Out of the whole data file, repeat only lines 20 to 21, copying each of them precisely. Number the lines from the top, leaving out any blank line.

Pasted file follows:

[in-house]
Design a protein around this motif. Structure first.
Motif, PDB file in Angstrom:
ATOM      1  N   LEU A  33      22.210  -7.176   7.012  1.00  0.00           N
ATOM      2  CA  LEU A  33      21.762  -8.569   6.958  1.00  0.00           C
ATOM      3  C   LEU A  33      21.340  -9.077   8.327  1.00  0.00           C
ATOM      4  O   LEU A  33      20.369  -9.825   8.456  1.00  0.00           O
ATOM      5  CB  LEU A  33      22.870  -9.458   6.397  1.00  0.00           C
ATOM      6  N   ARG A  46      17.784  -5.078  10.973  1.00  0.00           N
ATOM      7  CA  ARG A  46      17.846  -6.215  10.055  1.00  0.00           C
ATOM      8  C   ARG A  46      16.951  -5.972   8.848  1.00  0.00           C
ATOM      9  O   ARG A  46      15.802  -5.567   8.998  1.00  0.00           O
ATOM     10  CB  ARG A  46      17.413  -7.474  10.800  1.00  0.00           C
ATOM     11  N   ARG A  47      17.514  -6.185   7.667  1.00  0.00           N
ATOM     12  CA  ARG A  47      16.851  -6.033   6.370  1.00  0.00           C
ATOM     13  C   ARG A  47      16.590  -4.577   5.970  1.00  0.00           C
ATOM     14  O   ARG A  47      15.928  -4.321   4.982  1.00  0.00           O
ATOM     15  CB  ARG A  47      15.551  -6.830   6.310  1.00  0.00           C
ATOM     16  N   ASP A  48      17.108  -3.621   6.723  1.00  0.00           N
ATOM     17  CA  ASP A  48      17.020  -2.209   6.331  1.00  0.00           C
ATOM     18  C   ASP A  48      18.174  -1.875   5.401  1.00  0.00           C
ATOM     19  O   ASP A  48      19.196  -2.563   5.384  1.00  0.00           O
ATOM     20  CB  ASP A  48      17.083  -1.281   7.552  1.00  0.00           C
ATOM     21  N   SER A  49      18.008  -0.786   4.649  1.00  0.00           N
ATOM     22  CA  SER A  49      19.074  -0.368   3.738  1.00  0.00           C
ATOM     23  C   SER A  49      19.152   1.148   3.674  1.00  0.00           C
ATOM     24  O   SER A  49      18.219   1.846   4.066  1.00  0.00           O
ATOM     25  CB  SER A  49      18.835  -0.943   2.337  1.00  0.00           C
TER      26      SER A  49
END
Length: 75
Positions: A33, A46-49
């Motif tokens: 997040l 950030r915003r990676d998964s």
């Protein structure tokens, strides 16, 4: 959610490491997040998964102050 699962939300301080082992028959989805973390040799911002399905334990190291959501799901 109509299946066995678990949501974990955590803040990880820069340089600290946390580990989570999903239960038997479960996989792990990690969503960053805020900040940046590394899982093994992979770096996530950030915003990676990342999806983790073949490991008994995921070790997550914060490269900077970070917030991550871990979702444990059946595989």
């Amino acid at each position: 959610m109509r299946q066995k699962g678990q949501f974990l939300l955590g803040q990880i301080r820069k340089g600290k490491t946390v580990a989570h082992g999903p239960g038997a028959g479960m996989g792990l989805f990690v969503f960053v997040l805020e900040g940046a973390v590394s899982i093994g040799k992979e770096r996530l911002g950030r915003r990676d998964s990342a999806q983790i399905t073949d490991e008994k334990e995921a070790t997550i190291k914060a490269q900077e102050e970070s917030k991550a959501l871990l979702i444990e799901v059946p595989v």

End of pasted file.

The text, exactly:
ATOM     17  CA  ASP A  48      17.020  -2.209   6.331  1.00  0.00           C
ATOM     18  C   ASP A  48      18.174  -1.875   5.401  1.00  0.00           C